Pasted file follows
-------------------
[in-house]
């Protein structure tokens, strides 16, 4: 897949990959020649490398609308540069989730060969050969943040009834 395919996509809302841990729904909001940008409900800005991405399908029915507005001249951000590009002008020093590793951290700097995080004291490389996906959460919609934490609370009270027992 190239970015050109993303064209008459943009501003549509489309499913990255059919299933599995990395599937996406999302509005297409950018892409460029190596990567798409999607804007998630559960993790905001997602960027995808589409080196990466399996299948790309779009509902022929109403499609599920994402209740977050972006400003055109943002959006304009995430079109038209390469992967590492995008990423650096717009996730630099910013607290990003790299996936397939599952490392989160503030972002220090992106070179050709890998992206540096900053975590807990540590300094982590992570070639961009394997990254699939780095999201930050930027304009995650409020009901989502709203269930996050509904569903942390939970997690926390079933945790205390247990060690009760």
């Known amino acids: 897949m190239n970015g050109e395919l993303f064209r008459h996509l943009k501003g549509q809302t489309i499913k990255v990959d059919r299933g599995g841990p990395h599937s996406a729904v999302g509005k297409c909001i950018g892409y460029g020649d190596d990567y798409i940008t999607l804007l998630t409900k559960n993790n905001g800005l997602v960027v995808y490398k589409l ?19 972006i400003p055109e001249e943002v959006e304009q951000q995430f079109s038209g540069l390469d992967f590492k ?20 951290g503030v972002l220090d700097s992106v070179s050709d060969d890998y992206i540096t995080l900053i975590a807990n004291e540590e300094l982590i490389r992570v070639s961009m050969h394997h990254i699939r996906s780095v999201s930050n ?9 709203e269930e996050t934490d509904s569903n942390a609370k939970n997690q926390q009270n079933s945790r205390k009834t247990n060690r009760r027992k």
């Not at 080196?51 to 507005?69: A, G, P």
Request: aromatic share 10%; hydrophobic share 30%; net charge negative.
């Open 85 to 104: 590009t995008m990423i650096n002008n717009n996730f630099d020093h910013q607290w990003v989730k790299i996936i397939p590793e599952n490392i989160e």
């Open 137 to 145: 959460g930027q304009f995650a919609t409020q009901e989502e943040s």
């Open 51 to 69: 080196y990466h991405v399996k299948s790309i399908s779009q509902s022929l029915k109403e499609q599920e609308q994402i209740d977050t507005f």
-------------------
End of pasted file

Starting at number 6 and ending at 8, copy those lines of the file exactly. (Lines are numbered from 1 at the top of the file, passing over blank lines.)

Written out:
């Open 85 to 104: 590009t995008m990423i650096n002008n717009n996730f630099d020093h910013q607290w990003v989730k790299i996936i397939p590793e599952n490392i989160e």
């Open 137 to 145: 959460g930027q304009f995650a919609t409020q009901e989502e943040s």
């Open 51 to 69: 080196y990466h991405v399996k299948s790309i399908s779009q509902s022929l029915k109403e499609q599920e609308q994402i209740d977050t507005f």